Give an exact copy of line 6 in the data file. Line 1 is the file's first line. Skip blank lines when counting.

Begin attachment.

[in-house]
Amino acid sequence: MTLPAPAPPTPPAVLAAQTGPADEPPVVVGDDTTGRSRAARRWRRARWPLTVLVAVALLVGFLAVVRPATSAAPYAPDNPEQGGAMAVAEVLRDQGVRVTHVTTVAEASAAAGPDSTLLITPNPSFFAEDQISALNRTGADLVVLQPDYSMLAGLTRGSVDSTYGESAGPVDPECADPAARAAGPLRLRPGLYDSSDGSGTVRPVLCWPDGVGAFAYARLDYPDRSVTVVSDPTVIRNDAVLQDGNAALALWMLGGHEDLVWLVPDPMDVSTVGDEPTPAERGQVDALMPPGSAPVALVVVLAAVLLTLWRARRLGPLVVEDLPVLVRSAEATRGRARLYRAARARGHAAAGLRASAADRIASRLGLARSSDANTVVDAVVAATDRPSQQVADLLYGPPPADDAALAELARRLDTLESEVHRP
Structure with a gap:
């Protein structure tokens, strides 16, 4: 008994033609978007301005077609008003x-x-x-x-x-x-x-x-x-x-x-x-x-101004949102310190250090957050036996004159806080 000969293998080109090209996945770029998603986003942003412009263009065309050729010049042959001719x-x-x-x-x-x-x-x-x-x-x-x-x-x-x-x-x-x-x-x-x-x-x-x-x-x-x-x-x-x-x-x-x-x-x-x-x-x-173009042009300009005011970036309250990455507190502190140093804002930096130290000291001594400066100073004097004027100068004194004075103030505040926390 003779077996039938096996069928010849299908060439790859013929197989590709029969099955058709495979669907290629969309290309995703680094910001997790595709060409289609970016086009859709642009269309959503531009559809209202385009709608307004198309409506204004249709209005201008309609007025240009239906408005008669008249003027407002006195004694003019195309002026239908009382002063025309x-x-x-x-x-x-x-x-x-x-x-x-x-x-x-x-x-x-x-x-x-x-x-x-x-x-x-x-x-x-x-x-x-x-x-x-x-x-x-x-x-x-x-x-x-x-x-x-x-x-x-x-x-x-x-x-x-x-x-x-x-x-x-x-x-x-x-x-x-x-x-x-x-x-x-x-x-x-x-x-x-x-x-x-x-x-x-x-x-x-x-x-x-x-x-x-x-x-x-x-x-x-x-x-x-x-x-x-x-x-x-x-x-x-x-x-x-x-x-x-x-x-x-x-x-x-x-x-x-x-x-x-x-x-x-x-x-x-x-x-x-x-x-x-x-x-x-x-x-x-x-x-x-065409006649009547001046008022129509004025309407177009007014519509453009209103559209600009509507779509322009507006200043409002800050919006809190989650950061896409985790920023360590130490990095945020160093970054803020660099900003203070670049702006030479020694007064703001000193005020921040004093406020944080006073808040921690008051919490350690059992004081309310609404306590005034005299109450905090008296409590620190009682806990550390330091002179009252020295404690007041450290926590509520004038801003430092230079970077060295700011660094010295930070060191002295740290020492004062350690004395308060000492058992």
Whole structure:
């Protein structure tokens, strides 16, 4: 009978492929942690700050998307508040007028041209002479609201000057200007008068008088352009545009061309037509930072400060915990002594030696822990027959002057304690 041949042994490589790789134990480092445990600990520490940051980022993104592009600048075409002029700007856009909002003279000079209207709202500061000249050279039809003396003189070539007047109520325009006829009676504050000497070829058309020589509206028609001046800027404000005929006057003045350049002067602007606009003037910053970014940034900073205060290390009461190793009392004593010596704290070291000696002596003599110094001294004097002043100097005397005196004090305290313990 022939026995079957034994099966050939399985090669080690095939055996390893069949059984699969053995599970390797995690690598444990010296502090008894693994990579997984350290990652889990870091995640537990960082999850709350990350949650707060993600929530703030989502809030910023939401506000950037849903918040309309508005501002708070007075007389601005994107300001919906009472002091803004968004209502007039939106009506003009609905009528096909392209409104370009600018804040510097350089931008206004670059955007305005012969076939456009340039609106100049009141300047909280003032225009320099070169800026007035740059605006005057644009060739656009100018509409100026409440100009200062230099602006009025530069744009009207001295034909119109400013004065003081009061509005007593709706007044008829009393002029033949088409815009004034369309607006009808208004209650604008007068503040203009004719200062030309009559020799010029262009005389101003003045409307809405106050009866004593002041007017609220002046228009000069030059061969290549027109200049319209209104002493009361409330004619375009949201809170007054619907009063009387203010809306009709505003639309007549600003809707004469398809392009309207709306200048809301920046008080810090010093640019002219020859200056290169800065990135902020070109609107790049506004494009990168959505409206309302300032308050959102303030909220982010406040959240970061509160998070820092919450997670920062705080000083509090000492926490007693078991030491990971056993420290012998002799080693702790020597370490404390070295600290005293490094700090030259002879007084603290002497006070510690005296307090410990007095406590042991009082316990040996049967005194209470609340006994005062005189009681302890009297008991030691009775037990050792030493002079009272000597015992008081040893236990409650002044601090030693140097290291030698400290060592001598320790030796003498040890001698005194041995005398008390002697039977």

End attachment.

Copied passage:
């Protein structure tokens, strides 16, 4: 009978492929942690700050998307508040007028041209002479609201000057200007008068008088352009545009061309037509930072400060915990002594030696822990027959002057304690 041949042994490589790789134990480092445990600990520490940051980022993104592009600048075409002029700007856009909002003279000079209207709202500061000249050279039809003396003189070539007047109520325009006829009676504050000497070829058309020589509206028609001046800027404000005929006057003045350049002067602007606009003037910053970014940034900073205060290390009461190793009392004593010596704290070291000696002596003599110094001294004097002043100097005397005196004090305290313990 022939026995079957034994099966050939399985090669080690095939055996390893069949059984699969053995599970390797995690690598444990010296502090008894693994990579997984350290990652889990870091995640537990960082999850709350990350949650707060993600929530703030989502809030910023939401506000950037849903918040309309508005501002708070007075007389601005994107300001919906009472002091803004968004209502007039939106009506003009609905009528096909392209409104370009600018804040510097350089931008206004670059955007305005012969076939456009340039609106100049009141300047909280003032225009320099070169800026007035740059605006005057644009060739656009100018509409100026409440100009200062230099602006009025530069744009009207001295034909119109400013004065003081009061509005007593709706007044008829009393002029033949088409815009004034369309607006009808208004209650604008007068503040203009004719200062030309009559020799010029262009005389101003003045409307809405106050009866004593002041007017609220002046228009000069030059061969290549027109200049319209209104002493009361409330004619375009949201809170007054619907009063009387203010809306009709505003639309007549600003809707004469398809392009309207709306200048809301920046008080810090010093640019002219020859200056290169800065990135902020070109609107790049506004494009990168959505409206309302300032308050959102303030909220982010406040959240970061509160998070820092919450997670920062705080000083509090000492926490007693078991030491990971056993420290012998002799080693702790020597370490404390070295600290005293490094700090030259002879007084603290002497006070510690005296307090410990007095406590042991009082316990040996049967005194209470609340006994005062005189009681302890009297008991030691009775037990050792030493002079009272000597015992008081040893236990409650002044601090030693140097290291030698400290060592001598320790030796003498040890001698005194041995005398008390002697039977």